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Craniofacial Fellowship - This position has been filled for 2016, applications are welcomed for commencement in July 2017
Our Craniofacial Fellowship is a 12-month clinical position oriented primarily towards cranio-maxillofacial surgery, although a full range of paediatric plastic surgery is covered within the Department. From a craniofacial standpoint the Department averages approximately 40-50 transcranial cases per year. In addition, there are approximately 60 new cleft cases treated per year at this hospital. The Craniofacial Fellows are encouraged to complete a research project during their tenure with us. These are usually submitted for publication in a peer review journal. This is a paid fellowship position. For further details or to apply email email@example.com.
The fellowship is a 12-month clinical position oriented primarily towards hand and microvascular surgery, although a full range of paediatric plastic surgery is covered. The Melbourne Paediatric Hand Centre at the Royal Children's Hospital has three dedicated paediatric hand surgeons - MrChristopher Coombs, Assoc. Prof. Bruce Johnstone and Mr David McCombe. The fellowship experience encompasses all facets of paediatric hand surgery including complex congenital reconstruction, trauma, cerebral palsy, obstetric brachial plexus palsy and paediatric microsurgery. Excellent teaching opportunities are also provided by assisting consultants in their private hand practices. Other activities for those with appropriate qualifications include locum consultant work at the Royal Children's Hospital. The successful applicant is required to complete a research project during their tenure for submission to a peer review journal. This is a paid fellowship position. For further details or to apply email firstname.lastname@example.org.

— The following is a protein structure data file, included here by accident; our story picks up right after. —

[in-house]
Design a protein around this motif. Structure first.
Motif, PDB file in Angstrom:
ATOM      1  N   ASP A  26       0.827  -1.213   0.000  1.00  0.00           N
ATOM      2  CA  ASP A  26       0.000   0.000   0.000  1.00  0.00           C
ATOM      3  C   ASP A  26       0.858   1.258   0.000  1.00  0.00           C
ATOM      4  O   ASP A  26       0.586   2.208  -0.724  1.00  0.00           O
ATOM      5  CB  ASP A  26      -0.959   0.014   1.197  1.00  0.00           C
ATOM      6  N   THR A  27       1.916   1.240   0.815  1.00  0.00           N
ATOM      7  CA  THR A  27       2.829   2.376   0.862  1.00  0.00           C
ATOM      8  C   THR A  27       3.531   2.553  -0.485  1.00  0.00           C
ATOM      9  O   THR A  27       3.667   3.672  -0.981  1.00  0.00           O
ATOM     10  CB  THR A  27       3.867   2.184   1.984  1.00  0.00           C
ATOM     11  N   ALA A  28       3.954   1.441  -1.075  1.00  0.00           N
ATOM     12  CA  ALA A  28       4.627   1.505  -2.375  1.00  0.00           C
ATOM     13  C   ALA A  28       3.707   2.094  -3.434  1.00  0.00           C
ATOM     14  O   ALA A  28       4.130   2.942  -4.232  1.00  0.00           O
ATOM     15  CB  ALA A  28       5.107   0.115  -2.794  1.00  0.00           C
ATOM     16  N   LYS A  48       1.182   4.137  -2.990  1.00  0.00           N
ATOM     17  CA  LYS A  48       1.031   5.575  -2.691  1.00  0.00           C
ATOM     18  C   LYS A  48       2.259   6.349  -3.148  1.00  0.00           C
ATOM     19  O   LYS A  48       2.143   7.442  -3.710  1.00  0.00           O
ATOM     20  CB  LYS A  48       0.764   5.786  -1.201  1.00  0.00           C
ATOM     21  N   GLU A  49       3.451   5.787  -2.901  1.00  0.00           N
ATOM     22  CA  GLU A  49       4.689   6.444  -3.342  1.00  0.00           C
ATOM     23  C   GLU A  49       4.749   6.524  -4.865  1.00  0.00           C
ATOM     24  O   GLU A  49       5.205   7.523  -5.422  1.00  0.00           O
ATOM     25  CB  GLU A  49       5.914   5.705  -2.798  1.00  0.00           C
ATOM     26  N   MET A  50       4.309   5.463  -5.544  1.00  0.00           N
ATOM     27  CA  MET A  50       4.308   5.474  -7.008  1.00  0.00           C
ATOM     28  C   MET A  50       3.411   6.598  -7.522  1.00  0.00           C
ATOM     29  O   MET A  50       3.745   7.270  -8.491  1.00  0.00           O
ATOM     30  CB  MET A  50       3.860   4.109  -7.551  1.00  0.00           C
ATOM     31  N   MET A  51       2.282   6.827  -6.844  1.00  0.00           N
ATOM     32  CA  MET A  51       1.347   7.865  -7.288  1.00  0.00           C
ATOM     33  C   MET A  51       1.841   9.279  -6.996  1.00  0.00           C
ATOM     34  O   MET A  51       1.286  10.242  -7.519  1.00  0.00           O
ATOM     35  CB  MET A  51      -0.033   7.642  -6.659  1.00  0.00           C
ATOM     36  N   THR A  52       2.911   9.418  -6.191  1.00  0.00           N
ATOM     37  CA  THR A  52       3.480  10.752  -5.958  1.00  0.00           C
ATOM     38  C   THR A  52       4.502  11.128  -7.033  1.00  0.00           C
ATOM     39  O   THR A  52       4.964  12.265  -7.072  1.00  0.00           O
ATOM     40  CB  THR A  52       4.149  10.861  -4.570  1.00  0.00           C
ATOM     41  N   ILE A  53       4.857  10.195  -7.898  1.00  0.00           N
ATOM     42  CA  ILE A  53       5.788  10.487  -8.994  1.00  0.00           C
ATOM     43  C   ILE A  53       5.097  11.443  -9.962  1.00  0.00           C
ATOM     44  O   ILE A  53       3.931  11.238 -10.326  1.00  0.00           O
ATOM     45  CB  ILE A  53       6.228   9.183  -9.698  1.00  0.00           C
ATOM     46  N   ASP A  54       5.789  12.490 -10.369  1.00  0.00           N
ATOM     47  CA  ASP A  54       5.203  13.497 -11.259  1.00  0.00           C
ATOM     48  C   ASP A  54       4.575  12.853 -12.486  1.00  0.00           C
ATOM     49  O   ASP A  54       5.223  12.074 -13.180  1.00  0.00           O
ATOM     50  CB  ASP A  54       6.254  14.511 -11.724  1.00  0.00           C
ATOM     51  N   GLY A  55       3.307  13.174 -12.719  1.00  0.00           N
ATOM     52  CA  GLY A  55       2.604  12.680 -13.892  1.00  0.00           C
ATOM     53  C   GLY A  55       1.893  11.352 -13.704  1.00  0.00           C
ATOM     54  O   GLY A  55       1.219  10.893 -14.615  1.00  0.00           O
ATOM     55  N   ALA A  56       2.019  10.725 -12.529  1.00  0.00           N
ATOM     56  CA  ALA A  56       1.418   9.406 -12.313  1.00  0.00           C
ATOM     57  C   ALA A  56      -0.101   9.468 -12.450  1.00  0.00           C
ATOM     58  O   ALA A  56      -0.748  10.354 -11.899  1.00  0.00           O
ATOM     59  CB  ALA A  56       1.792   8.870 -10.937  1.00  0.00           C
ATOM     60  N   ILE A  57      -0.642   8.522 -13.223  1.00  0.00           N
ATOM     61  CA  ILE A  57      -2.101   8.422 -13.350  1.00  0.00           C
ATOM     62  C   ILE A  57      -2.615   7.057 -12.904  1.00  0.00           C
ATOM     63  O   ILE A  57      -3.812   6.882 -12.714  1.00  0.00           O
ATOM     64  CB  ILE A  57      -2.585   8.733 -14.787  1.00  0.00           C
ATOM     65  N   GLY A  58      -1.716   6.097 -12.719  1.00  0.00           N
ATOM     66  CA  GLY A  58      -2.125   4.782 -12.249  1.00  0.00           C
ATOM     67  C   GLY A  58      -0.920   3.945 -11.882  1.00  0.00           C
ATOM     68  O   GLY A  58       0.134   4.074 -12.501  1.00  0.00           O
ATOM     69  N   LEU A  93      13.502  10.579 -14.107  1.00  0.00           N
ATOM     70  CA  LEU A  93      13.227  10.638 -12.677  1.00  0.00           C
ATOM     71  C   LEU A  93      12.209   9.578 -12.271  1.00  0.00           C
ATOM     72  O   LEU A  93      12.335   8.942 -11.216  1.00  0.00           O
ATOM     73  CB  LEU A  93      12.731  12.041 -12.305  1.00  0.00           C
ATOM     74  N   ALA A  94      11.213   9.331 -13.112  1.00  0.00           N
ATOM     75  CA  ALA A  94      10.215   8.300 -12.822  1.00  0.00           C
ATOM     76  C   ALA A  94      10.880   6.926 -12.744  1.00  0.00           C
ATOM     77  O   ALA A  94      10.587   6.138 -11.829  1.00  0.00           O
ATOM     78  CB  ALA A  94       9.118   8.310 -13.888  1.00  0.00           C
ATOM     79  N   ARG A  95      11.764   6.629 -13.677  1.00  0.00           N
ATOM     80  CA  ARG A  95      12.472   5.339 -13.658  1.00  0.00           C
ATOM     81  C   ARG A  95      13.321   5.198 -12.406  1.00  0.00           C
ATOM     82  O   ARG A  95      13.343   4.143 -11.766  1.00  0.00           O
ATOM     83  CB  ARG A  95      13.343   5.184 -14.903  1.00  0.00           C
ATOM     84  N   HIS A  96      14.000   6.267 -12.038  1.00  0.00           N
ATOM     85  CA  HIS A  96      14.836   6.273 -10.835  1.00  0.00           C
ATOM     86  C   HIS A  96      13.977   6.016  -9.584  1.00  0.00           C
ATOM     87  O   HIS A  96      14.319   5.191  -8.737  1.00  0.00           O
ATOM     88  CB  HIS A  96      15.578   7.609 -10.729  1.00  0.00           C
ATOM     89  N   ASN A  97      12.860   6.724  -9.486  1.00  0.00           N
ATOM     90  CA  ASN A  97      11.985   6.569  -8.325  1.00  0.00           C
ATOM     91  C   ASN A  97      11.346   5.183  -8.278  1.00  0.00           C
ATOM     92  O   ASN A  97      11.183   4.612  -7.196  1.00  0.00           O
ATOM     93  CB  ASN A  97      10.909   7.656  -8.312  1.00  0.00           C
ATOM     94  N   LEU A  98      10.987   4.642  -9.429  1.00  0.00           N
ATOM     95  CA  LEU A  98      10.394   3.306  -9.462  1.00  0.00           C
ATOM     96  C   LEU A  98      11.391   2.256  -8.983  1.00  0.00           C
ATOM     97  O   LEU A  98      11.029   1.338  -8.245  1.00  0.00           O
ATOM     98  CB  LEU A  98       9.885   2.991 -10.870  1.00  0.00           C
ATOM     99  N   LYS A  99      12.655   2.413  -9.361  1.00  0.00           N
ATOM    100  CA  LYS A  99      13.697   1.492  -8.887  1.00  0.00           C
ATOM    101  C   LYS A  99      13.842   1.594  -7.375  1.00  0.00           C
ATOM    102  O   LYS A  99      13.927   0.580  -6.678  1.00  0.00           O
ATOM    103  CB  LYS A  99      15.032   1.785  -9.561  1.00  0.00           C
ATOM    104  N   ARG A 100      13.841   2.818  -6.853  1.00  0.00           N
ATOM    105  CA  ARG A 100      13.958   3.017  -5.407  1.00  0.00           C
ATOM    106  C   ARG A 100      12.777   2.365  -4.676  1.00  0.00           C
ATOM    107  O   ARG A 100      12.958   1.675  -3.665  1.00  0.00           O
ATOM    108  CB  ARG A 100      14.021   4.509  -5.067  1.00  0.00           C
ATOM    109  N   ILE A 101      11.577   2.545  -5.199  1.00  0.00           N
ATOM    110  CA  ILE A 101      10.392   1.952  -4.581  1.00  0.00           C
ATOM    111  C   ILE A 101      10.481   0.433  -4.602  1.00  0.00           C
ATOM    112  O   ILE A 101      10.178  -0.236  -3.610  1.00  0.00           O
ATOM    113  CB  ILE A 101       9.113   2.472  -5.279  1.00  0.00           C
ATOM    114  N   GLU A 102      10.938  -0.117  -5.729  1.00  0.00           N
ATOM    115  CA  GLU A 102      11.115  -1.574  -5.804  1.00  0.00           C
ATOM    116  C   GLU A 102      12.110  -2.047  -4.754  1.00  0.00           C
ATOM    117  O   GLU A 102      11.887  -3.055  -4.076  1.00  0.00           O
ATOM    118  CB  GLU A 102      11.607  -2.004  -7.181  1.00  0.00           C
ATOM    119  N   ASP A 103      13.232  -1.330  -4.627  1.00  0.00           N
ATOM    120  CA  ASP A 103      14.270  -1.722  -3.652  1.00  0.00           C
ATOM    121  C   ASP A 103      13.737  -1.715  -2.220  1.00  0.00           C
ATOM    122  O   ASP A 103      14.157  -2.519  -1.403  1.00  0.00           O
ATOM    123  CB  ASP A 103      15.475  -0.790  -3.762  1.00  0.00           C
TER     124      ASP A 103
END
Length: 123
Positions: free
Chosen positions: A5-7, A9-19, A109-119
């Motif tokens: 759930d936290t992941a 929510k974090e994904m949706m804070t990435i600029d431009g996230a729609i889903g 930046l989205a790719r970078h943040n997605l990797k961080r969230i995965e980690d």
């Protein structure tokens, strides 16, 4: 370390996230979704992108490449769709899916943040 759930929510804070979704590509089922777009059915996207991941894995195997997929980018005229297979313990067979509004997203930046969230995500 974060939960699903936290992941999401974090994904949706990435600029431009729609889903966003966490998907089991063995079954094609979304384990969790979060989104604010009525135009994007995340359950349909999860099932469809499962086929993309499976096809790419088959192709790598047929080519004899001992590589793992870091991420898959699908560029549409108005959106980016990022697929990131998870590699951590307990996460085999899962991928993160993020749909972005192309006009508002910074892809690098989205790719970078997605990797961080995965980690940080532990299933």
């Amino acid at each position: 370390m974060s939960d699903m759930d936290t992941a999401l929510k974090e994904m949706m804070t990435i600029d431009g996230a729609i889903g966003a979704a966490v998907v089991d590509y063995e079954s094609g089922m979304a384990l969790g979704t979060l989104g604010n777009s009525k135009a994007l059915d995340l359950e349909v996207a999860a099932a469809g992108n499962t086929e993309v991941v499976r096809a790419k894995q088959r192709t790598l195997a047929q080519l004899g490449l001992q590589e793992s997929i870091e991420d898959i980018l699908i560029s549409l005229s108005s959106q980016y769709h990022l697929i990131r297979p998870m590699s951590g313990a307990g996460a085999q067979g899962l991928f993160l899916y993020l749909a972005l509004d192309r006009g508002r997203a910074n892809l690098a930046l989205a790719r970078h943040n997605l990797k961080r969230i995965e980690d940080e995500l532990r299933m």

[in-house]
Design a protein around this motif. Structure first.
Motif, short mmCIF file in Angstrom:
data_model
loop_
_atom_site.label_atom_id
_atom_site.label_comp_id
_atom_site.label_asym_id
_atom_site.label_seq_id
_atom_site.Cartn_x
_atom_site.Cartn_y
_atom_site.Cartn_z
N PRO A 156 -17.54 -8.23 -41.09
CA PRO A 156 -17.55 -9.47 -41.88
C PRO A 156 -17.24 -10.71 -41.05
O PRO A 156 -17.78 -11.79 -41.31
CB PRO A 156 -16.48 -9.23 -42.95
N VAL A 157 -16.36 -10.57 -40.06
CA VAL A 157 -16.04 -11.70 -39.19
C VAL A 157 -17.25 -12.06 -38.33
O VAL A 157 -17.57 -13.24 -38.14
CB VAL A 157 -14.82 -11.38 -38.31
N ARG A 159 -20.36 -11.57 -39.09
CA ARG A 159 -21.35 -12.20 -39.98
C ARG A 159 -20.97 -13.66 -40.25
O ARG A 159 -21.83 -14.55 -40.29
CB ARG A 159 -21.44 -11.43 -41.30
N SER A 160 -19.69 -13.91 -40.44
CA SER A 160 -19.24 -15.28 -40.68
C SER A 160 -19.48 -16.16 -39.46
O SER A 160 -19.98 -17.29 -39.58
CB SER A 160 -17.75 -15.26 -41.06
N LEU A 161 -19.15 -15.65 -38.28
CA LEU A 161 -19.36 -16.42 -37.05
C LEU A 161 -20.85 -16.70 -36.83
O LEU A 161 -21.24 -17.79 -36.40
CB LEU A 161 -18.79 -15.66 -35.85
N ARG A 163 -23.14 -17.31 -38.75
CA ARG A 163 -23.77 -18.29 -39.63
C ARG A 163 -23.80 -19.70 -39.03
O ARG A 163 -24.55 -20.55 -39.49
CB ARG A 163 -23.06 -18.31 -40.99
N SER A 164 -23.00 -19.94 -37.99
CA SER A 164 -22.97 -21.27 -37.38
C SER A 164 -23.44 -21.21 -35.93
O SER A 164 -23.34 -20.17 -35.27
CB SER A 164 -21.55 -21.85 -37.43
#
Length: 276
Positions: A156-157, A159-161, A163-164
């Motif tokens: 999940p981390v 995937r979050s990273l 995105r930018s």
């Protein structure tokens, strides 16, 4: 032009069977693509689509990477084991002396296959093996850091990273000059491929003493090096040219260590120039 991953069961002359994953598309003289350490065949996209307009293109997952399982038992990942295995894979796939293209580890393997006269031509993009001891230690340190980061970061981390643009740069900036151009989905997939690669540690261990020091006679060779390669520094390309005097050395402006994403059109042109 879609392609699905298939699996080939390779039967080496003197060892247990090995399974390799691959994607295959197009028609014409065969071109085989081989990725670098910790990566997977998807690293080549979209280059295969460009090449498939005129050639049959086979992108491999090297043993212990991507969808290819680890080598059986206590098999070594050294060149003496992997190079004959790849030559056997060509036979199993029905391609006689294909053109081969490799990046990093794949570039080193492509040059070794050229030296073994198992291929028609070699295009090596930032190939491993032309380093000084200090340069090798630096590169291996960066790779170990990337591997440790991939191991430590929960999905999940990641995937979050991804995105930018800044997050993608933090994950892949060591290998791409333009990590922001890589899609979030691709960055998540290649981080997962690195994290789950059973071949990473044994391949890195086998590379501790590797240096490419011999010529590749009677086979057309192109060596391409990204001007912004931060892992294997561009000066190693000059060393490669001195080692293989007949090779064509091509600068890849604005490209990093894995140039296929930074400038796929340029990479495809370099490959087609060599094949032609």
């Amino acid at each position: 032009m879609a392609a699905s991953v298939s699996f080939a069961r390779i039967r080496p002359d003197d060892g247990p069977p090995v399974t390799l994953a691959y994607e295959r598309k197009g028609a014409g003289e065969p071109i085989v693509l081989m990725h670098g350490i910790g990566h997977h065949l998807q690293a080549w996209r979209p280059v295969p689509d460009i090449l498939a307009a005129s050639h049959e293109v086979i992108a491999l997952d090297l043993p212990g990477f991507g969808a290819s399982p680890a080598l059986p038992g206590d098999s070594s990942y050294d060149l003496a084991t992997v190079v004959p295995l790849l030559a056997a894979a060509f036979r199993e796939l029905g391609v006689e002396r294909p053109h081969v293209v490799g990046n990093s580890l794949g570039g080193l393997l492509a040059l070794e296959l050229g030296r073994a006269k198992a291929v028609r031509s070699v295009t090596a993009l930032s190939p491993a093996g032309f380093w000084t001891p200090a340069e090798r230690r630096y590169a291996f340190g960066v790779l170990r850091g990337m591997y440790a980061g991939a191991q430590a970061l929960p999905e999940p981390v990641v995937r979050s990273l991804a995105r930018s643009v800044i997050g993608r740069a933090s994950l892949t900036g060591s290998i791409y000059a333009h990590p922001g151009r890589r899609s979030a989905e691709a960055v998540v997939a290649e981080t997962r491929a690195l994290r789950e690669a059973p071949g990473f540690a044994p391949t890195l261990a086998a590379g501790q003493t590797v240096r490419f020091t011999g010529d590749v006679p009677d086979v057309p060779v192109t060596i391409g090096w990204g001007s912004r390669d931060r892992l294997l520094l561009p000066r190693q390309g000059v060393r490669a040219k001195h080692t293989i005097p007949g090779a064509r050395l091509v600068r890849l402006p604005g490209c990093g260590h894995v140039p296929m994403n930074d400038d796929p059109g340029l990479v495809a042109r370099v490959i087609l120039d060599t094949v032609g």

A regular Wednesday morning tutorial has been developed for medical students during their two week rotation through Paediatric Surgery and the Emergency Department. This program will be expanded to include topics presented by a number of consultants and registrars.
The department supervises a number of Advanced Medical Science (AMS) students each year. For more information please contact our research coordinator: Psychology student research - Paediatric craniofacial disorders: neuropsychological issues from infancy to adolescence
Craniofacial disorders involve visible deformities of the skull and face. Many craniofacial disorders feature craniosynostosis; the premature fusion of one or more of the fibrous joints separating the bony skull plates. Craniosynostosis typically occurs in utero, and restricts and distorts skull and brain growth. In most cases, surgery is required during infancy to expand and remodel the skull. Research has shown that children with craniofacial disorders may experience thinking, learning and behaviour problems. However, the literature to date has been described in quite broad terms, and there is still much that we do not know about the impact of these conditions upon children's development and school performance. The Department of Plastic & Maxillofacial Surgery is expanding its research activities into the neuropsychological implications of craniofacial disorders upon infant and child development. Students interested in undertaking research will have the opportunity to investigate a seldom-studied paediatric population, and to explore the interrelationships between pre- and postnatal growth factors upon thinking and behaviour, from infancy through to adolescence. For more information, please contact Annette Da Costa.
The Royal Children's Hospital has positions for two accredited trainees in Plastic & Reconstructive Surgery as part of the Royal Australasian College of Surgeons Advanced Surgical Training Program. These trainees spend six months at Royal Melbourne Hospital and six months at the Royal Children's Hospital. Timetables are designed to focus on Hand and Microsurgery for 3 months and on Cleft and Craniofacial Surgery for 3 months. Our Consultants have a major involvement in the delivery and administration of advanced surgical training.
Residents rotate through the plastic surgery department for three months and are either in basic surgical training or are part of the residency program at the Royal Children's Hospital, frequently leading to a career in paediatrics. On the job experience with the support of the consultants, registrars and fellows as well as the specially developed resident's handbook gives the residents a first hand experience in the management of the diverse conditions presenting to our department. Where appropriate, they are encouraged to develop their surgical skills in fully supervised theatre sessions.
Our department is a focus for overseas visitors ranging from Professors and Directors of internationally renowned departments through to busy Plastic Surgeons from the Asia Pacific region, to foreign Medical students visiting Melbourne on an elective.